Why team don’t work

Posted on Posted in management

Very good article about Teams performance by J. Richard Hackman

http://econ.au.dk/fileadmin/Economics_Business/Currently/Events/PhDFinance/Kauttu_Why-Teams-Dont-Work-by-J.-Richard-Hackman.pdf

Mistakes Managers Make

  1. Use a Team for Work That Is Better Done by Individuals
  2. Call the Performing Unit a Team but Really Manage Members as Individuals
  3. Fall Off the Authority Balance Beam
  4. Dismantle Existing Organizational Structures So That Teams Will Be Fully “Empowered”to Accomplish the Work
  5. Specify Challenging Team Objectives, but Skimp on Organizational Supports
  6. Assume That Members Already Have All the Skills They Need to Work Well as a Team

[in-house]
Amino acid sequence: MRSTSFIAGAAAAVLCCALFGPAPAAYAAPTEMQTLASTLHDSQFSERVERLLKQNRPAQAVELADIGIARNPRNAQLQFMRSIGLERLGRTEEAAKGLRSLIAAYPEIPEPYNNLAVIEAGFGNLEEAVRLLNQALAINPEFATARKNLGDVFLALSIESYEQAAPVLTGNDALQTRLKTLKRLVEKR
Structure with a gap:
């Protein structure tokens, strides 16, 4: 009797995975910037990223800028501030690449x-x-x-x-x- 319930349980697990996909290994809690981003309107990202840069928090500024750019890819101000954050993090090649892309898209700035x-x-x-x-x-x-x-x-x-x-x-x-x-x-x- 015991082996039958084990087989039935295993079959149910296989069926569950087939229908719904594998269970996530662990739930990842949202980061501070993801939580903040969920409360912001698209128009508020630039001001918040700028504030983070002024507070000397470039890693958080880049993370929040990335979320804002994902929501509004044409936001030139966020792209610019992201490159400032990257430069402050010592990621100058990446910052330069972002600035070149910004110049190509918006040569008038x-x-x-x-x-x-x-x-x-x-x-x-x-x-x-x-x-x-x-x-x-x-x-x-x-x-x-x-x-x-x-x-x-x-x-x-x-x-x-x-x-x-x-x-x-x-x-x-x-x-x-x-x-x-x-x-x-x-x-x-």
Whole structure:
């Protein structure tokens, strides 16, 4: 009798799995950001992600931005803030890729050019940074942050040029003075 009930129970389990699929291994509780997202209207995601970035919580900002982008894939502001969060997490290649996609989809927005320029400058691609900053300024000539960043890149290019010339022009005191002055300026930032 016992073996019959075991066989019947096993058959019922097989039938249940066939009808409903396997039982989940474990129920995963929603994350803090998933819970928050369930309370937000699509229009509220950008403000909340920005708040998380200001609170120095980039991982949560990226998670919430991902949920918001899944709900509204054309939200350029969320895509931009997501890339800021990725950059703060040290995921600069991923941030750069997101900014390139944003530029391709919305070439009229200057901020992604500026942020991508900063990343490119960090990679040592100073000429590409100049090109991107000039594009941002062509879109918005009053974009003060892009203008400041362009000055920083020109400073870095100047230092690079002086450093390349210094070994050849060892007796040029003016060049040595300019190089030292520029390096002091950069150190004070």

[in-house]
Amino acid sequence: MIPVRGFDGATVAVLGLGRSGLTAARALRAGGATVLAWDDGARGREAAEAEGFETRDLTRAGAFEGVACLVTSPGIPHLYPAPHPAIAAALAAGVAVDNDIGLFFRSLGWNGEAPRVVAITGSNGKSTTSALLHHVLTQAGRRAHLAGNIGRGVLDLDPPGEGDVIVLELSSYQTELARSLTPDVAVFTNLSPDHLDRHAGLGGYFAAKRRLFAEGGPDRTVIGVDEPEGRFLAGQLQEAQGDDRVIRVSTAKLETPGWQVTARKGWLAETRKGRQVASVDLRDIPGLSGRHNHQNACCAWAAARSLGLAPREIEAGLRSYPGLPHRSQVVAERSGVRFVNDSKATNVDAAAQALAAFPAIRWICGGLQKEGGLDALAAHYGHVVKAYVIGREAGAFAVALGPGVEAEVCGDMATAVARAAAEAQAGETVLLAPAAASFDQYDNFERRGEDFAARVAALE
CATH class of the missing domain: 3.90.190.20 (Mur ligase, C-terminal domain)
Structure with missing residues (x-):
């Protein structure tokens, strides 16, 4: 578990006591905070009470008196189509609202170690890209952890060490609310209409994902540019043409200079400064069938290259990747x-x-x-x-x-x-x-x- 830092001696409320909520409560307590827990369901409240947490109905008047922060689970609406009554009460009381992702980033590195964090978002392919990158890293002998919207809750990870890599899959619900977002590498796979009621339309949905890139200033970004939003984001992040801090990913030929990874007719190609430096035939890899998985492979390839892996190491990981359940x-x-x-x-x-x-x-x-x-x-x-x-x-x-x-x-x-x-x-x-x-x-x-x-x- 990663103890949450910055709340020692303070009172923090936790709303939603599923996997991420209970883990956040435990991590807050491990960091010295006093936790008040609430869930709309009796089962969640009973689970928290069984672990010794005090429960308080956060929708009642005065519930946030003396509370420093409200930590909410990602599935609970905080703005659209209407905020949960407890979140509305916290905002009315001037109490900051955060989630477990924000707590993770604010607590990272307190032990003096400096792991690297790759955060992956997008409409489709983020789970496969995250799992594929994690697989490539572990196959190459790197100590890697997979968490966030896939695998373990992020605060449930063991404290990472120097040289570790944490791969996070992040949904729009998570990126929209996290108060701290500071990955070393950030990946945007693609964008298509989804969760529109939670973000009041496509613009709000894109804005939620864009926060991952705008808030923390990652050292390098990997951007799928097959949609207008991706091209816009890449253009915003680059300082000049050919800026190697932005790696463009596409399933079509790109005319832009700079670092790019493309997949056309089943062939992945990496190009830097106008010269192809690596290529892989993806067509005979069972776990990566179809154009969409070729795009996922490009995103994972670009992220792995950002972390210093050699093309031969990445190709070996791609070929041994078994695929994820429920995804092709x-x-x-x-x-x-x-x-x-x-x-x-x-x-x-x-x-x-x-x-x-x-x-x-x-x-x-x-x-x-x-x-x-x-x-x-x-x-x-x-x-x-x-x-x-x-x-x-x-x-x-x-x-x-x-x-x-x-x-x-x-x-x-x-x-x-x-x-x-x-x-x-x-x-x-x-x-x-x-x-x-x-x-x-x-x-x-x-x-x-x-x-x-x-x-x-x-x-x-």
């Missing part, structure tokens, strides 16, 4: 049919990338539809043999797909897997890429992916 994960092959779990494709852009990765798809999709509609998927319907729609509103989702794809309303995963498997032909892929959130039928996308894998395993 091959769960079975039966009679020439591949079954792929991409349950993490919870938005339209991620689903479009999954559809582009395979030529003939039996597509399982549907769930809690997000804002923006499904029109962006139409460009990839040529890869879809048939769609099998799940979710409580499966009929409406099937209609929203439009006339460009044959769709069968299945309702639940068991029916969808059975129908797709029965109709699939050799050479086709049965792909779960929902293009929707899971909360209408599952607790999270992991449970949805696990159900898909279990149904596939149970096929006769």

How teams are often formed:

There are two different strategies that managers use to implement work teams without upsetting the corporate applecart.

One is to try to capture the benefits of teamwork by relying mainly on rhetoric and training. Members are told that they are now in teams, team leaders are appointed, and everyone is sent off to get training in good team processes. It is easy to implement teams this way—neither organizational structures nor managers’ own behaviors need change. But such teams are more ephemeral than real, and mere changes in appearances rarely yield measurable improvements in organizational outcomes.

The second strategy is to form real teams—intact, performing units whose members share responsibility for some product or service—but to lay them atop existing organizational structures and systems. The rationale, as one manager told me, is to see how well they perform before making other organizational changes that could be hard to reverse.

This is exactly why network structure is suggested as preferred approach for complex and ambiguous tasks:

  • Teams oriented approach
  • Organizational structure must reflect value delivery, not work composition

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